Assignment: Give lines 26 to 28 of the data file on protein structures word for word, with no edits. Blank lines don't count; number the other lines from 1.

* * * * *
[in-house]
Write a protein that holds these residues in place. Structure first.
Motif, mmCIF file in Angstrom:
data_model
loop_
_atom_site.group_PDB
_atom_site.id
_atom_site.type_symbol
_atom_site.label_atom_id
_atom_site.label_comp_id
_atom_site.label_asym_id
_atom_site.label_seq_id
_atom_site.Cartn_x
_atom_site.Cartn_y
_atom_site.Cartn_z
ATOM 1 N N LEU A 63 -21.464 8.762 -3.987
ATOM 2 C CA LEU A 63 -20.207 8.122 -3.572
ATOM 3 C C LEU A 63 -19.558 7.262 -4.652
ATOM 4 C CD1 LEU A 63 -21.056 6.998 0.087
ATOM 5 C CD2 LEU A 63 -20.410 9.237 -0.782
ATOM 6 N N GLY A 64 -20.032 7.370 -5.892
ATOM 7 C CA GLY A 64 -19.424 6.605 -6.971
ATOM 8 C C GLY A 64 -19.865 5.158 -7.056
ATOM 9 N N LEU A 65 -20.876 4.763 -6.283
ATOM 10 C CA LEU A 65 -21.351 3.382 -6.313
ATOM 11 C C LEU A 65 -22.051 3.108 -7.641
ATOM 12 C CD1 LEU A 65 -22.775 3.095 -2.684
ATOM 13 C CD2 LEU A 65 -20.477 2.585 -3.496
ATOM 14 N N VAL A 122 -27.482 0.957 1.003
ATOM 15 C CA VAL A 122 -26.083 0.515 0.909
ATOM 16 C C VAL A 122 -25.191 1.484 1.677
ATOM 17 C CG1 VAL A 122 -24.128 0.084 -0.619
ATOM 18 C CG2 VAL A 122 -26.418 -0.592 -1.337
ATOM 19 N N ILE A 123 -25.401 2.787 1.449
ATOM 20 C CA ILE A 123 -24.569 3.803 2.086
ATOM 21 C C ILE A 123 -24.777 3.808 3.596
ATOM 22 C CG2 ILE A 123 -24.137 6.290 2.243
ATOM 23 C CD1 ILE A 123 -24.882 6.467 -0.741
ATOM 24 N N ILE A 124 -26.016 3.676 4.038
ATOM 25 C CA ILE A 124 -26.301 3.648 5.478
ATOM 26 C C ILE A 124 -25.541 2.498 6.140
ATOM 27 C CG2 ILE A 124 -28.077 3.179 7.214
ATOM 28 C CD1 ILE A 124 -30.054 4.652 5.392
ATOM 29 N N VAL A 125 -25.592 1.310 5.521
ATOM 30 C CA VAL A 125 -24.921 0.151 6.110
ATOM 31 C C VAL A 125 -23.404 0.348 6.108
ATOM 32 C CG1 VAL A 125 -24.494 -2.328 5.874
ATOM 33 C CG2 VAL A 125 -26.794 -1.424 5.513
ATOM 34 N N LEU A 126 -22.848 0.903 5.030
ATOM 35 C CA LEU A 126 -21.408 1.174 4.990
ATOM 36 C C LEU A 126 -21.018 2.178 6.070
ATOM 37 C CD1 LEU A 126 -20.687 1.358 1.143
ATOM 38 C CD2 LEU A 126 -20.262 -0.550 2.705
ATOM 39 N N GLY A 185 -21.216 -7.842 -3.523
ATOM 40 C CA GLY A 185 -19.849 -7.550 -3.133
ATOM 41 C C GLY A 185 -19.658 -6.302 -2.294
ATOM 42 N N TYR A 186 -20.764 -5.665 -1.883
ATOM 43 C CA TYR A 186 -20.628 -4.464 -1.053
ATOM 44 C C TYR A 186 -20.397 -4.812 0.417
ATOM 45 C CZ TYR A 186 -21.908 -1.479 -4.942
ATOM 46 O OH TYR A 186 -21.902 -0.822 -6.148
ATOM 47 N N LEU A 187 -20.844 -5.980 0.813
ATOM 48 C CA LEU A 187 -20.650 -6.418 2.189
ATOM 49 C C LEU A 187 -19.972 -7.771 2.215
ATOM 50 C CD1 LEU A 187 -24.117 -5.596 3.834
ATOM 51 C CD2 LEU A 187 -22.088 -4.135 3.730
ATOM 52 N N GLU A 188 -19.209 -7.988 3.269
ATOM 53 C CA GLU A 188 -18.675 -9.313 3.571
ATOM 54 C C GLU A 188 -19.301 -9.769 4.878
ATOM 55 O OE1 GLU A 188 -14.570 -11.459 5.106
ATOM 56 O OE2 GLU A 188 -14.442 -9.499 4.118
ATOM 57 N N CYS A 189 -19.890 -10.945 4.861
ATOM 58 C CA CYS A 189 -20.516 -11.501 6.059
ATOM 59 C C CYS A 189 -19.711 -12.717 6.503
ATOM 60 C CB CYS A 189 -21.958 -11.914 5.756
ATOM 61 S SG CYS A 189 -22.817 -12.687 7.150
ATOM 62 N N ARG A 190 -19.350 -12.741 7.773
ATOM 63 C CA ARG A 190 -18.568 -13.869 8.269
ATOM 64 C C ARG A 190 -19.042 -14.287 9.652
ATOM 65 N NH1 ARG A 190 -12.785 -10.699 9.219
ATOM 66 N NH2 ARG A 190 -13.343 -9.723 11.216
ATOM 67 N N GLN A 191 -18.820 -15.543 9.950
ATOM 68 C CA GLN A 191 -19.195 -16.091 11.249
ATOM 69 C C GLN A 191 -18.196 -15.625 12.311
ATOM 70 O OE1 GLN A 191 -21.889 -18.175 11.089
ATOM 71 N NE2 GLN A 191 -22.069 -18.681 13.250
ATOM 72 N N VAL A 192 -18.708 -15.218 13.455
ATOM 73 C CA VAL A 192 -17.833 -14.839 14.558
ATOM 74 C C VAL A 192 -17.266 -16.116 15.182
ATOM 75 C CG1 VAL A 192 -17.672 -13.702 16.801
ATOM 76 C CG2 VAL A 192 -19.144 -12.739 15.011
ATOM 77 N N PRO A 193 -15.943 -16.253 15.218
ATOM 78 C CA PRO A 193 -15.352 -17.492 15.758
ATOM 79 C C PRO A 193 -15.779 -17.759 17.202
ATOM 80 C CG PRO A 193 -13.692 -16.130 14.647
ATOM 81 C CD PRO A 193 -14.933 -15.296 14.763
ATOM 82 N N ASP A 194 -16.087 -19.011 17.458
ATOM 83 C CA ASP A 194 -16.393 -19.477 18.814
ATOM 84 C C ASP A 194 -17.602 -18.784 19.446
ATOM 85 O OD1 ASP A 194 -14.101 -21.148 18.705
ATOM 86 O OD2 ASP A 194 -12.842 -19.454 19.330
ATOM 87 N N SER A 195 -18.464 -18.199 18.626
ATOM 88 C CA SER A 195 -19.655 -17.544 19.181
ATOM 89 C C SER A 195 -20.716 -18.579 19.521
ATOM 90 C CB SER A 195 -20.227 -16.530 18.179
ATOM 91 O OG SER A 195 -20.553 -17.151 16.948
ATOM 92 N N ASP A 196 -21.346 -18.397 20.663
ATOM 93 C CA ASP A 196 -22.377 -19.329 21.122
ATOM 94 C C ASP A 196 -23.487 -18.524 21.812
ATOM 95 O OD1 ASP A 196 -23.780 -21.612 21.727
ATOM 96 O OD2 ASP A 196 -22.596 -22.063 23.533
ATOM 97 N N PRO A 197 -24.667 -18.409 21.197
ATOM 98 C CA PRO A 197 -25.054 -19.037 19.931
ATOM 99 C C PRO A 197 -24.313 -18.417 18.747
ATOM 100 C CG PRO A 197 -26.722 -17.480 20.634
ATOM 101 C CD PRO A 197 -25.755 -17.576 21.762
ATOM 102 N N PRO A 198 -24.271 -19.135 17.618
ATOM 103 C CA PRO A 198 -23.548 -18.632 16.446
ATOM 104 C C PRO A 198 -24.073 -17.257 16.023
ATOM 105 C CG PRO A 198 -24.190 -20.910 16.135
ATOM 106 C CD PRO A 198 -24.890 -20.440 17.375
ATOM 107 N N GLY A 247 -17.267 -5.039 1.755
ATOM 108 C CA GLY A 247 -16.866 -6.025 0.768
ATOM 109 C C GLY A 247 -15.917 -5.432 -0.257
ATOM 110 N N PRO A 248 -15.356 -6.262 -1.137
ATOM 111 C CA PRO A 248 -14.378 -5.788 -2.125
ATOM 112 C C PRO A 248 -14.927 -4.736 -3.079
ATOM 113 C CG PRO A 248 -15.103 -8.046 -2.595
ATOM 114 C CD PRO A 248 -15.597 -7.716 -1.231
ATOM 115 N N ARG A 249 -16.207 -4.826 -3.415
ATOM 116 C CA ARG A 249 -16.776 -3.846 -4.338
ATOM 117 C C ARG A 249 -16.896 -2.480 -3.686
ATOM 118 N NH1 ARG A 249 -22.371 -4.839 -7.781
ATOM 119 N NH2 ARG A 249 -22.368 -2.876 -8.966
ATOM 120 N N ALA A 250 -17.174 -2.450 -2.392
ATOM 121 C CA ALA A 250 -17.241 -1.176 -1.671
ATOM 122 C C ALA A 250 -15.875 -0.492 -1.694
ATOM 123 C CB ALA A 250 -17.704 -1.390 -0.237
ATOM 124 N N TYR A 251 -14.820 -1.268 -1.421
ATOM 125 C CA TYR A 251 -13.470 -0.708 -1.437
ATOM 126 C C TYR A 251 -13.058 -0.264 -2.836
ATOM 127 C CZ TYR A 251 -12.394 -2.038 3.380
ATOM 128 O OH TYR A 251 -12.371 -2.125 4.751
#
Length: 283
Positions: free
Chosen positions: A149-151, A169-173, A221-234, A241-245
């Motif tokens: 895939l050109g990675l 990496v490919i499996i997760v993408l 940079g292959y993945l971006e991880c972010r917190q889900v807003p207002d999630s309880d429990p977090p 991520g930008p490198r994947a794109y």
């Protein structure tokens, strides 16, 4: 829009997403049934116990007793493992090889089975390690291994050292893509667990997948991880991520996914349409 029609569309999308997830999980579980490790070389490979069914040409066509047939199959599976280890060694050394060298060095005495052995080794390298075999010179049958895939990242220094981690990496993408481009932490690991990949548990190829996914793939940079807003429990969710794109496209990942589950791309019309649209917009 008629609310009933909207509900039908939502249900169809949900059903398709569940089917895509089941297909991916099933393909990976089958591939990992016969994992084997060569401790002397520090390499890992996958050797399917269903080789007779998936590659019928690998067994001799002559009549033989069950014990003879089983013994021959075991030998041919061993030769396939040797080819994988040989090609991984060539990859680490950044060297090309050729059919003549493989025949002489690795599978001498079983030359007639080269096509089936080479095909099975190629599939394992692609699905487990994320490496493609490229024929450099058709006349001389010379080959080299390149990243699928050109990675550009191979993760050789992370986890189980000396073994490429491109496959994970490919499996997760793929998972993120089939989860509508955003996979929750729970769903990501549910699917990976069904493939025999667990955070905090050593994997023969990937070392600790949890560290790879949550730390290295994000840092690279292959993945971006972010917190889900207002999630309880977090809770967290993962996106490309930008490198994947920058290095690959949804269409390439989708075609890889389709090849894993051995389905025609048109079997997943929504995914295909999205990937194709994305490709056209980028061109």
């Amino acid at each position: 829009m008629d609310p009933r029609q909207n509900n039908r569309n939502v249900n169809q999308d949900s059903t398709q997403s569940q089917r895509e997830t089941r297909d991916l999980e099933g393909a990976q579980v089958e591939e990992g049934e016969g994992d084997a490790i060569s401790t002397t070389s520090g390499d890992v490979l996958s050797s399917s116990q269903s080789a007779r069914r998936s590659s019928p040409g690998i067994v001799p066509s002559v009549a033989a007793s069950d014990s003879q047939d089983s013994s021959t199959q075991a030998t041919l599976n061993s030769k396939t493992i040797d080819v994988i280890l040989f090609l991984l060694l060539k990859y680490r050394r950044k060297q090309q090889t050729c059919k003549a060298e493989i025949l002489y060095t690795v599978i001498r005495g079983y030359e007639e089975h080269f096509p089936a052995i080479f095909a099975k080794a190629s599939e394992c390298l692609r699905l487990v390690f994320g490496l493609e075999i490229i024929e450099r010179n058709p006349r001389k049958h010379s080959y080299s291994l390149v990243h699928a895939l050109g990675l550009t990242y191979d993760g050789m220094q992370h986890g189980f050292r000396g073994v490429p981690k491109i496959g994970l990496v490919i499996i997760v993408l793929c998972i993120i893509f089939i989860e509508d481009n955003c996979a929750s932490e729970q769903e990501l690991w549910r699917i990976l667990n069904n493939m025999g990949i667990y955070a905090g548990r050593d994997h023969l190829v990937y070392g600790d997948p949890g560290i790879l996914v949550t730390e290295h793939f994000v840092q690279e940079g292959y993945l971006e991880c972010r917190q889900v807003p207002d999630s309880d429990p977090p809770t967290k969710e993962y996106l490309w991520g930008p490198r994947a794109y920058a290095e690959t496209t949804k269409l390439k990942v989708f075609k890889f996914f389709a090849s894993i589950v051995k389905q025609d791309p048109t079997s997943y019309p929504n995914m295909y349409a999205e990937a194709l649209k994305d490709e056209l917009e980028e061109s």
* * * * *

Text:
ATOM 11 C C LEU A 65 -22.051 3.108 -7.641
ATOM 12 C CD1 LEU A 65 -22.775 3.095 -2.684
ATOM 13 C CD2 LEU A 65 -20.477 2.585 -3.496